In just a few days, one of the most exciting seasons on the sports calendar begins. It's a season full of tremendous efforts and nail-biting finishes, jam-packed arenas and genius coaches. Yes, college basketball season is about to begin and sports fans around the country couldn't be happier. Here are our favorite aspects of college basketball, the top five reasons we feel the sport is so great:
Playing For Pride: College athletes take a lot of pride in playing for their school. It's a sport that really does focus on the name on the front of the jersey, not the back. In both men's and women's games, you can tell that the players are representing not just their schools, but their friends, classmates, professors and communities. That's why the players get so amped up after a big win. They want to play well not only for themselves, but for everybody else who cares about the team.
The Fans: You won't find too many sporting events louder than a big-time college basketball game. Why? Because the fans are truly awesome. They stand for almost the entire game, making as much noise as they can. At many schools you'll find students with their faces painted, doing anything they can to support their team. It's a level of devotion and intensity that you won't find anywhere else, not even in the pros.
The Atmosphere: It's not just the fans that make a college basketball arena such a special place to watch a game. The band, the cheerleaders and the mascots all chip in, turning the game into a carnival-like event. Most college gyms are relatively small, so the sound bounces off the walls and fills the building.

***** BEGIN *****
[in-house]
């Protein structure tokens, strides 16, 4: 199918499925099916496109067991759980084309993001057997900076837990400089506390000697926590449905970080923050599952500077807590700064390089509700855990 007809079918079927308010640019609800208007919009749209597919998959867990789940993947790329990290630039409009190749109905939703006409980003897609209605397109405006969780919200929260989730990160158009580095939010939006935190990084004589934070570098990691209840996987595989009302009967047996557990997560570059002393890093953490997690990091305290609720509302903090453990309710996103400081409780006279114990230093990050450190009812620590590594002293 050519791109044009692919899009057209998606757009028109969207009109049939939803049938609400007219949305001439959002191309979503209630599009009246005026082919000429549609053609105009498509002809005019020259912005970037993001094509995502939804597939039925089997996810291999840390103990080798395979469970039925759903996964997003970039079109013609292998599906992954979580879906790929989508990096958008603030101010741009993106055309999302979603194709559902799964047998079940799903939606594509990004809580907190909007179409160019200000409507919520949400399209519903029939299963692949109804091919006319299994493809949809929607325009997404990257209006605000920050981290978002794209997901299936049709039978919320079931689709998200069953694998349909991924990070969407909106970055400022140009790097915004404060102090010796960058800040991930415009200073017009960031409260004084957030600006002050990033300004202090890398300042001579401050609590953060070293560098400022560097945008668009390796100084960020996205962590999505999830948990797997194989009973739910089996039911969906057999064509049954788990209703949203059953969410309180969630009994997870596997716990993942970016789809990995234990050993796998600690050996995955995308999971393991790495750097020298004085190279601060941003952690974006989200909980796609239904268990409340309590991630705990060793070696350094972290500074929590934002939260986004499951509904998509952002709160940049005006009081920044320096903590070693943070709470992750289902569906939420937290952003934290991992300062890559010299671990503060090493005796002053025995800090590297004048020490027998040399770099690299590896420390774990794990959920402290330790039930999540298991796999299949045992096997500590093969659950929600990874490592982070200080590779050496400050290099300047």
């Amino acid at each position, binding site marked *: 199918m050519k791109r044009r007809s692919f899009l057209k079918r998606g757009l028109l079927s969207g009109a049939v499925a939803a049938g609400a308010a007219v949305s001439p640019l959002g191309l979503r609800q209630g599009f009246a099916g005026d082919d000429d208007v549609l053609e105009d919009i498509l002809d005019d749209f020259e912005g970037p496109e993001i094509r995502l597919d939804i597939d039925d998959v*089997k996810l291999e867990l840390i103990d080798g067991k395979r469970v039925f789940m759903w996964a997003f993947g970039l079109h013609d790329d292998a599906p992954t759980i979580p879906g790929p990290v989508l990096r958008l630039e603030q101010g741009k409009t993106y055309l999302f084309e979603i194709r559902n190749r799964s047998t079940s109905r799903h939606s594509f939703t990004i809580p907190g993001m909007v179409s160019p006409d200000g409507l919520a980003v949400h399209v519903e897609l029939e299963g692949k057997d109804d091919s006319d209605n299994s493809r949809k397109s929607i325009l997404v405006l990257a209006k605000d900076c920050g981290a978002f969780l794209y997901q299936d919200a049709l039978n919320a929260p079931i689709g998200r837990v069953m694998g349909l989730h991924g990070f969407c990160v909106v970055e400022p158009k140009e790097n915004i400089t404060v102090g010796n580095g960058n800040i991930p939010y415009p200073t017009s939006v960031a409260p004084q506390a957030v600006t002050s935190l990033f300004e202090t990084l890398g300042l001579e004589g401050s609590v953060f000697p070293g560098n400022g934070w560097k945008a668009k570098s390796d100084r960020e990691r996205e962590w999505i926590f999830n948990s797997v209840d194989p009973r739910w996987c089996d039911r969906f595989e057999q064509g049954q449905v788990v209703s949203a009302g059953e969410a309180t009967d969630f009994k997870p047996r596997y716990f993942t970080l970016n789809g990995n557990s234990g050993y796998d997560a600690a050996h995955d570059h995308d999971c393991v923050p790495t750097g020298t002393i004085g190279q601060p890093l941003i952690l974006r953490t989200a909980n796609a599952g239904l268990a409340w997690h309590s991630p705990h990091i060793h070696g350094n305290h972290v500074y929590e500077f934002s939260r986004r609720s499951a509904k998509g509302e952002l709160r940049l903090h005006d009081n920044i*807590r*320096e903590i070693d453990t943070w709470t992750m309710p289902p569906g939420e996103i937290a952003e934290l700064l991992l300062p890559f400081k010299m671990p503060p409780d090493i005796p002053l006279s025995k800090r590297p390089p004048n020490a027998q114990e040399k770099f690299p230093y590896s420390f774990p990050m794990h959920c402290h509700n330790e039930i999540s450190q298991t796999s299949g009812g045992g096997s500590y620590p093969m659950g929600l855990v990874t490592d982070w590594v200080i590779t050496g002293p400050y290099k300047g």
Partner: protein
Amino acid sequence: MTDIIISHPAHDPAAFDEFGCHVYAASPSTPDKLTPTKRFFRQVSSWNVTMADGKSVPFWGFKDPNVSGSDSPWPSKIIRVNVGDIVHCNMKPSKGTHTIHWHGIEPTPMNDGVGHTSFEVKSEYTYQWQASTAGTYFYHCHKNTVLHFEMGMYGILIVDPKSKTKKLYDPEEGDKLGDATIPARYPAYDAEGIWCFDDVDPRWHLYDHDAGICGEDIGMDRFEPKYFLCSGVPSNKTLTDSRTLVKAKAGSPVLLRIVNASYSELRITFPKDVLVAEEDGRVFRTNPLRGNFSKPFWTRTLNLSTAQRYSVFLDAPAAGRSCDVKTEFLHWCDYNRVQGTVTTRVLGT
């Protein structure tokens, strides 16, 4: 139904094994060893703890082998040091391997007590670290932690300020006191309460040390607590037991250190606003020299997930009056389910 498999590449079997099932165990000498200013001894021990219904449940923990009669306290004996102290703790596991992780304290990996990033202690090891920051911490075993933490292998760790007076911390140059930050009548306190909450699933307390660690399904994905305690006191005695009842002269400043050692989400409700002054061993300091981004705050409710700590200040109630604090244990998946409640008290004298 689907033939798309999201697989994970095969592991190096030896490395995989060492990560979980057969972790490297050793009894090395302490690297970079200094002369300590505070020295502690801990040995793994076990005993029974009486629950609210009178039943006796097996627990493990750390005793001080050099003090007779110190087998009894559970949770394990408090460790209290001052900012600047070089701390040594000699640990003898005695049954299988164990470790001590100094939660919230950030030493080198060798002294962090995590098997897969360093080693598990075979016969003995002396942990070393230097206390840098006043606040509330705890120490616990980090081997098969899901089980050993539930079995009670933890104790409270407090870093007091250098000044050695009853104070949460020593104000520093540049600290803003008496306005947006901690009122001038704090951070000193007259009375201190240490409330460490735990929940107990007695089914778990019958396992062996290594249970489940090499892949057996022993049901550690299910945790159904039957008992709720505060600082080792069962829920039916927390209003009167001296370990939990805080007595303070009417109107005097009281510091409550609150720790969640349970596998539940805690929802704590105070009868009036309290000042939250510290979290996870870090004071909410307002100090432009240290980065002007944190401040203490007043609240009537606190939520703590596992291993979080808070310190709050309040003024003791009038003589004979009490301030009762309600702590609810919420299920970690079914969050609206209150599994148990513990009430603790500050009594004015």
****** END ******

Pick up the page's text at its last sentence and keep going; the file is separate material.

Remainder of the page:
Rivalries: The best games during the season are rivalry games. Duke vs. North Carolina, USC vs. UCLA and Georgetown vs. Syracuse are all huge games. The players seem to try a little bit harder, the fans seem a little bit louder and the games are a little more important.
Coaches: While student-athletes are only part of the team for a few years, coaches can last for decades. They become the face of the franchise. Great coaches like North Carolina's Dean Smith, Michigan State's Tom Izzo and Syracuse's Jim Boeheim grow into legends, true leaders of the game. The best coaches prepare their players not just for basketball games, but for life after college.
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